By John Heilprin-Associated Press
GENEVA (AP) â€” An Ethiopian Airlines co-pilot hijacked a plane bound for Rome on Monday and flew it to Geneva, where he wanted to seek asylum, officials said.
The Boeing 767-300 plane with 202 passengers and crew aboard had taken off from the Ethiopian capital, Addis Ababa, and landed in the Swiss city at about 6 a.m. (0500 GMT). Officials said no one on the flight was injured.
Geneva airport chief executive Robert Deillon told reporters that the co-pilot, an Ethiopian man born in 1983, took control of the plane when the pilot ventured outside the cockpit.
â€œThe pilot went to the toilet and he (the co-pilot) locked himself in the cockpit,â€ Deillon said.
The man â€œwanted asylum in Switzerland,â€ he said. â€œThatâ€™s the motivation of the hijacking.â€
The hijacking began over Italy, Switzerlandâ€™s southern neighbor, and two Italian fighter jets were scrambled to accompany the plane, according to Deillon.
Passengers on the plane were unaware it had been hijacked, officials said.
A few minutes after landing in Geneva, the co-pilot exited the cockpit using a rope, â€œthen he went to the police forces who were on the ground close to the aircraft,â€ Geneva police spokesman Eric Grandjean said. â€œHe announced that he was himself the hijacker.â€
It was not immediately clear why the co-pilot, whose name wasnâ€™t released, wanted asylum.
Police escorted passengers one by one, their hands over their heads, from the taxied plane to waiting vehicles.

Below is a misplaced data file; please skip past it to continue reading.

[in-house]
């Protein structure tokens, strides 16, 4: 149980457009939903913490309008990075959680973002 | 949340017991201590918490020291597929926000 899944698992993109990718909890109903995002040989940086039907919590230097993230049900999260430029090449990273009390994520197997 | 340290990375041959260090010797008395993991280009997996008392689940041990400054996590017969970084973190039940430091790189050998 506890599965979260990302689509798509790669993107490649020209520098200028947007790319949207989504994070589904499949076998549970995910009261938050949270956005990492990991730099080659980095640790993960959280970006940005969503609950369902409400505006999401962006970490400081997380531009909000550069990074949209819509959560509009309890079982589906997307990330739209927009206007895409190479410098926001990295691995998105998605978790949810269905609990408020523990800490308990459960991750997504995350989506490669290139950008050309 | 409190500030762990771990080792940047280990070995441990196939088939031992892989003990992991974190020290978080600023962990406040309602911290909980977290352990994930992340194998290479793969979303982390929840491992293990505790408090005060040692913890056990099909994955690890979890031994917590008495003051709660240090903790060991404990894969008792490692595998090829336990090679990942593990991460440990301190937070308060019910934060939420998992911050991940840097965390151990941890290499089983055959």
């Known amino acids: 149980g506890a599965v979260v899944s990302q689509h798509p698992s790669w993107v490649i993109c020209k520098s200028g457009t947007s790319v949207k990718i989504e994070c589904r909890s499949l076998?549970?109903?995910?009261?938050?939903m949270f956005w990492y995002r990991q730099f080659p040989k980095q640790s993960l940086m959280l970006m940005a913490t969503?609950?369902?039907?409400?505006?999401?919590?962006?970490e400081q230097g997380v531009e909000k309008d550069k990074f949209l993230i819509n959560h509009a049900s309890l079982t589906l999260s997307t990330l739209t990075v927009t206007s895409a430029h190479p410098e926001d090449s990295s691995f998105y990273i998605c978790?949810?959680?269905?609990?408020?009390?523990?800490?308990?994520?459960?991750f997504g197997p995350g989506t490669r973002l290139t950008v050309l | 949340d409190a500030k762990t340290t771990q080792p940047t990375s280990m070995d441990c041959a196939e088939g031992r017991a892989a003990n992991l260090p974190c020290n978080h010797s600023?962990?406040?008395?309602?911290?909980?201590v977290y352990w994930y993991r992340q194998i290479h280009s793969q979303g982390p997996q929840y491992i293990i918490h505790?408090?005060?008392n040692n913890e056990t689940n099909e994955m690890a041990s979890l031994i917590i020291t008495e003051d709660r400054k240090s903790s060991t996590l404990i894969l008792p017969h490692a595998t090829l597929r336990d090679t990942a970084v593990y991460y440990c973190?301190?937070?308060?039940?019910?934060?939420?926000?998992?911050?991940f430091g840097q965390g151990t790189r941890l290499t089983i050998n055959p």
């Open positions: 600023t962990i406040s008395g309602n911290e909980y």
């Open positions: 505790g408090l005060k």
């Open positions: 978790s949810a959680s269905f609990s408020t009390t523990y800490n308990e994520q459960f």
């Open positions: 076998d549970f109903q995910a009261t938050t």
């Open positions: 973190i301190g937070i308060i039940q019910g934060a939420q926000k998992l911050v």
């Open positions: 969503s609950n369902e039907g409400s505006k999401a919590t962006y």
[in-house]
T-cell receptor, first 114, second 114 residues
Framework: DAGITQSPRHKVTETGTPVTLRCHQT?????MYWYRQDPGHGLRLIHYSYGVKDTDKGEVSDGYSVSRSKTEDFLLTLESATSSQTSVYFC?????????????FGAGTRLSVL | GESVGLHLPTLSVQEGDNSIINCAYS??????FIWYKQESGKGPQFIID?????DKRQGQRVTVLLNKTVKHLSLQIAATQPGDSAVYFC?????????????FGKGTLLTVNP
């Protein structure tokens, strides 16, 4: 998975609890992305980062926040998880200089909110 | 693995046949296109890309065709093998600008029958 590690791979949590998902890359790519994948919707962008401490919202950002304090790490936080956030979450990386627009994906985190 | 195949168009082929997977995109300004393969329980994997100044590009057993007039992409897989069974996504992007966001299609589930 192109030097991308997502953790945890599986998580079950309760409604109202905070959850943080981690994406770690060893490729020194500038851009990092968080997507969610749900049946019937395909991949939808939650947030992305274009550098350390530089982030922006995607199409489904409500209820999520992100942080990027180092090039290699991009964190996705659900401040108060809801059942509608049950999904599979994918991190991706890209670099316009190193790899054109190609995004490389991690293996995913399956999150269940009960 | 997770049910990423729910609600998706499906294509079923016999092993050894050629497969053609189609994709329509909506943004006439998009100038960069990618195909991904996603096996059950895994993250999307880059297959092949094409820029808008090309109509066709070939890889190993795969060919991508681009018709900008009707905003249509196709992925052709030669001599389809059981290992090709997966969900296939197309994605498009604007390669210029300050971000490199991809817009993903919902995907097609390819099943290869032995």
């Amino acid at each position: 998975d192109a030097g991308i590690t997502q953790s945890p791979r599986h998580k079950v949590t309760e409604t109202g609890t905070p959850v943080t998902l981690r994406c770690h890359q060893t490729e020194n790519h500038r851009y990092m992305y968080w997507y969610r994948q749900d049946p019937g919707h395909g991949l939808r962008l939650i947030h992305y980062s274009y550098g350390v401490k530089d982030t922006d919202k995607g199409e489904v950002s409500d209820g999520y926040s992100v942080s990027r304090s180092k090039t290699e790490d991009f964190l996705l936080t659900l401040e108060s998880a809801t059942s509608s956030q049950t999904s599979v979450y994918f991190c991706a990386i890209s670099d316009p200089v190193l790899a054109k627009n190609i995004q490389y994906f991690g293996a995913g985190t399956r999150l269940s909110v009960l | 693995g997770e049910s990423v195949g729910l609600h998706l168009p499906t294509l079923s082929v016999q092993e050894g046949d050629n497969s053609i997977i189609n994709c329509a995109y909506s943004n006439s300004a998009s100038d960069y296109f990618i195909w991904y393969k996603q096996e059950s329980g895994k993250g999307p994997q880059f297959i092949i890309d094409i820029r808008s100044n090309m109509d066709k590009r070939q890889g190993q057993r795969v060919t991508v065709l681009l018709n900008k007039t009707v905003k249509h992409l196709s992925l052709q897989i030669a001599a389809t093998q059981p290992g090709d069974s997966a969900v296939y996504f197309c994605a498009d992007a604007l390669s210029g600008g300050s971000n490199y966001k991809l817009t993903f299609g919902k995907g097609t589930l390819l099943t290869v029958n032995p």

Geneva prosecutor Olivier Jornot said Swiss federal authorities were investigating the hijacking and would press charges that could carry a prison sentence of up to 20 years.
Geneva airport was initially closed to other flights, but operations resumed around two hours after the hijacked plane landed.
Ethiopian Airlines is owned by Ethiopiaâ€™s government, which has faced persistent criticism over its rights record and alleged intolerance for political dissent.
Human Rights Watch says Ethiopiaâ€™s human rights record â€œhas sharply deterioratedâ€ over the years. The rights group says authorities severely restrict basic rights of freedom of expression, association, and assembly.
The government has been accused of targeting journalists, and opposition members, as well as the countryâ€™s minority Muslim community.
There have been numerous hijackings by Ethiopians, mostly fleeing unrest in the East African nation or avoiding return.
An Ethiopian man smuggled a pistol onto a plane and hijacked a Lufthansa flight going from Frankfurt to Addis Ababa in 1993. He demanded it be flown to the U.S. because he was denied a visa.